I’ve spent a good bit of time browsing stock photography sites in my career, and to be honest, 90 percent of stock photography is ridiculous. My current favorite stock photo is titled “Woman Riding Rhinoceros in Rural Field.” It’s everything you’re imagining and more.

When you search “family” or “parenting” on a stock site, you get all these stereotypical, idyllic images of a mom, a dad and a couple kids at the table laughing and eating a healthy salad. But there’s nothing stereotypical about my family made up of my foster son, L., and me. I’m like, “Where’s the picture of a frazzled mom standing over the sink eating blue Jell-O from a mixing bowl for dinner after putting her kid to bed?” Because that’s what my parenting journey looks like a lot of days.

Plus, there are people that wouldn’t even show up in our picture. We live with the invisible presence of the rest of our family—shadows of people who aren’t there. Because in a convoluted sense, L.’s biological family is my family, too. I’ve never actually met them, but we are inseparably bound in a unique and intangible way. This can be the cause of many questions for a child in foster care, and L. has his own way of processing it. Sometimes.

He talks a lot but won’t talk much about serious things. I get little nuggets and hints dropped here and there about his past, but he doesn’t like to talk about it.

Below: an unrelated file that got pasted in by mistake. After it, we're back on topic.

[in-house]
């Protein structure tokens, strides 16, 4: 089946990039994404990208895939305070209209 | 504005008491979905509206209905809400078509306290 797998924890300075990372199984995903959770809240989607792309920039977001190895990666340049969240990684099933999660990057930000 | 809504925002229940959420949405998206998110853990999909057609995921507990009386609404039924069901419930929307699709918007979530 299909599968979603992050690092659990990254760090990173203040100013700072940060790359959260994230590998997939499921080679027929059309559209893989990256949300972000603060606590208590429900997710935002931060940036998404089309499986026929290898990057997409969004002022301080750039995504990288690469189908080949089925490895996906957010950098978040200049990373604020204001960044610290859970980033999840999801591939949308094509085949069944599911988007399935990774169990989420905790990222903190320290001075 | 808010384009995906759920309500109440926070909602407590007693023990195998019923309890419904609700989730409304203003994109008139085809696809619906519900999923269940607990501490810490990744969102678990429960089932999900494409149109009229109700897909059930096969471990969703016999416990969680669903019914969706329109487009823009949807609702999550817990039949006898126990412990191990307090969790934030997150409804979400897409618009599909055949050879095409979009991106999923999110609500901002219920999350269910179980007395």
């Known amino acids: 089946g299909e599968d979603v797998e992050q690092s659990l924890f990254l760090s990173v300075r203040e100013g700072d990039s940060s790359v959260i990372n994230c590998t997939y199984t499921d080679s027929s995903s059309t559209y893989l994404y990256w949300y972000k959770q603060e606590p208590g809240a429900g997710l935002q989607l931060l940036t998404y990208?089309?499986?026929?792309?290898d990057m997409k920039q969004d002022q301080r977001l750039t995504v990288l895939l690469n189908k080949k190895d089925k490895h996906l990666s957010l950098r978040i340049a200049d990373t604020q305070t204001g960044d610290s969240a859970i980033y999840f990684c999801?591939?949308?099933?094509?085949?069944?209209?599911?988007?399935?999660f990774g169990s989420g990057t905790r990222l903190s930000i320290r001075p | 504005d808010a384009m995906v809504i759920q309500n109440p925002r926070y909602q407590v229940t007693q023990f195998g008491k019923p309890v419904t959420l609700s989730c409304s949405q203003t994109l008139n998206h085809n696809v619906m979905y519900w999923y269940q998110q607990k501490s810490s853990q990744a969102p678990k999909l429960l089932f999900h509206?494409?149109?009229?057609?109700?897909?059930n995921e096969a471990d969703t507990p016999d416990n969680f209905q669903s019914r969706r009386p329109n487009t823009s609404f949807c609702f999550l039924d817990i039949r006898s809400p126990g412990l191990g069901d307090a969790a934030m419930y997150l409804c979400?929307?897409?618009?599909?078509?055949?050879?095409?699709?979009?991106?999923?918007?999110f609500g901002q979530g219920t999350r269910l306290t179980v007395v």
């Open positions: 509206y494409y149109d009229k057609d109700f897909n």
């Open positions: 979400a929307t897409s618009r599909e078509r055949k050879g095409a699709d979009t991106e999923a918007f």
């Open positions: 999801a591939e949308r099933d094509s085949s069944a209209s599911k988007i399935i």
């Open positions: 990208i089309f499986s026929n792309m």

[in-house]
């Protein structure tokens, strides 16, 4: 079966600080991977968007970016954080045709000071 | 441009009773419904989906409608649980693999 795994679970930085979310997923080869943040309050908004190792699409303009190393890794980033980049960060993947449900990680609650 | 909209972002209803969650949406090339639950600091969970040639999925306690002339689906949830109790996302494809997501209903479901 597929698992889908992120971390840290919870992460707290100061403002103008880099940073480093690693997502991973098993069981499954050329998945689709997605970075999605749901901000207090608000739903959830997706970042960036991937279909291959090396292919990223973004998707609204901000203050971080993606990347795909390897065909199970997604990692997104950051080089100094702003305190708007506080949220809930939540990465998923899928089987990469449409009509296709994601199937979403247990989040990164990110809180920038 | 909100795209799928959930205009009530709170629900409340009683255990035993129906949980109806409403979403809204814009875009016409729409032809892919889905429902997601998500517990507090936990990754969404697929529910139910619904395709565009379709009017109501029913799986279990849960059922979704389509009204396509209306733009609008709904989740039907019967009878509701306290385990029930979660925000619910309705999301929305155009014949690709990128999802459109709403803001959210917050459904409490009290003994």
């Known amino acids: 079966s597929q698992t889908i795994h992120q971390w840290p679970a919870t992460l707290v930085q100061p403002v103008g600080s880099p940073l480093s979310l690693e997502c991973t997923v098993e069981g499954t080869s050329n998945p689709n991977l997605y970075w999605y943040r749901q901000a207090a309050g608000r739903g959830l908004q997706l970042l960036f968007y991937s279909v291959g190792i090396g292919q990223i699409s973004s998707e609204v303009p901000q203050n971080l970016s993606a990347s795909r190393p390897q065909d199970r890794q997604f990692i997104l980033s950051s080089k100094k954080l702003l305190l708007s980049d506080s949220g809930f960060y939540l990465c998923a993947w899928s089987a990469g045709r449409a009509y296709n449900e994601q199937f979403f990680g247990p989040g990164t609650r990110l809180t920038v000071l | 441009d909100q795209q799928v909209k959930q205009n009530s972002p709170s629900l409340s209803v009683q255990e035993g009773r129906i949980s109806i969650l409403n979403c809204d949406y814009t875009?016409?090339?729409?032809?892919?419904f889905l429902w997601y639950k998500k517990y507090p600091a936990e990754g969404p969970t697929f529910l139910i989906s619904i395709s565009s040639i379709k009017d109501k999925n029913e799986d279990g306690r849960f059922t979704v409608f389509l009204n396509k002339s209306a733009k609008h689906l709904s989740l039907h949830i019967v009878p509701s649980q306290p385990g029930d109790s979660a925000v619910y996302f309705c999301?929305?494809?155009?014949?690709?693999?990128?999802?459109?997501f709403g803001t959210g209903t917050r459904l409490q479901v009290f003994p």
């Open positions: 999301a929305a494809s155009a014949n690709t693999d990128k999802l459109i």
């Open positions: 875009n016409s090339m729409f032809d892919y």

At his therapist’s office, they have a photograph on the wall of a multi-racial family.

“I think they must not be a family because they don’t look like each other,” he said as he looked up at the picture.

“Maybe,” I replied, “But sometimes families look different. Like if the mommy and daddy have different skin color, then the kids would be a mix. Or if the kids were adopted, they wouldn’t look like each other.”

“Yeah, like maybe the same thing happened to her that happened to me…” he said in an unusual moment of transparency as he studied the little girl in the picture before quickly ending that conversation. “I don’t want to talk about it anymore.”

“Okay, what would you like to talk about?”

“Pickles.”

Since we don’t have a lot of the shared history many families enjoy, L. and I like to point out the things we have in common. Foods we both like (pickles). Books we both enjoy. Jokes that make us both laugh. So tonight as I put him in bed, I said, “I love you, bud.”

“I love you, too!” he replied, adding, “Hey! We have that in common!”

We may not look like a traditional family, but that’s what we are. Family. God doesn’t have just one way to bring people together. Whether it’s marriage or birth or foster care or adoption or friendship or church or something else, He created us to live in relationship with each other to reflect His love to the world around us.